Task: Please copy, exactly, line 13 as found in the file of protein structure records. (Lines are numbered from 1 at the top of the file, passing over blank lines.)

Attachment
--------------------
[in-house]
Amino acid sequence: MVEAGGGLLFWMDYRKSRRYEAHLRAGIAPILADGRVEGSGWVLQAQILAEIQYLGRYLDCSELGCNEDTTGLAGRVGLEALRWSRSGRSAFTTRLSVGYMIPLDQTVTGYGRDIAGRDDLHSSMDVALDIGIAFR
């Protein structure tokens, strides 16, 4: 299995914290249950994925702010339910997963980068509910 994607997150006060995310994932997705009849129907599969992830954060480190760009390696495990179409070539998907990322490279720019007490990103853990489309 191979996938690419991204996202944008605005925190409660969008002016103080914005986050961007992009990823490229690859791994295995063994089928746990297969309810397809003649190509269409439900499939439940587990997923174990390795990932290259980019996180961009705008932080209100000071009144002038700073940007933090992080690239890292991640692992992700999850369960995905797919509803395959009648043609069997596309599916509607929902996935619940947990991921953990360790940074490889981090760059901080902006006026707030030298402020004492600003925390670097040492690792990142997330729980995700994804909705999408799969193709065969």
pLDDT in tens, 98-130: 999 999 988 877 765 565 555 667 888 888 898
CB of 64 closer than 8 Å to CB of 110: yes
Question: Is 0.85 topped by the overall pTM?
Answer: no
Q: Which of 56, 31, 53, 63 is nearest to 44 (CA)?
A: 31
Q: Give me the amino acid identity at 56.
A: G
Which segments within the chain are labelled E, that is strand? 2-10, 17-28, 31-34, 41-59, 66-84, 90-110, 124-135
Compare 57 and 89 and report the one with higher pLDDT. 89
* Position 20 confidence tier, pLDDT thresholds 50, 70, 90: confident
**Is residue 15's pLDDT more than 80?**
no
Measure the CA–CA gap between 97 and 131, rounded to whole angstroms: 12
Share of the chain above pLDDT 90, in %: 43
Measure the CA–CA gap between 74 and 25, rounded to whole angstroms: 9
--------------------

Compare 57 and 89 and report the one with higher pLDDT. 89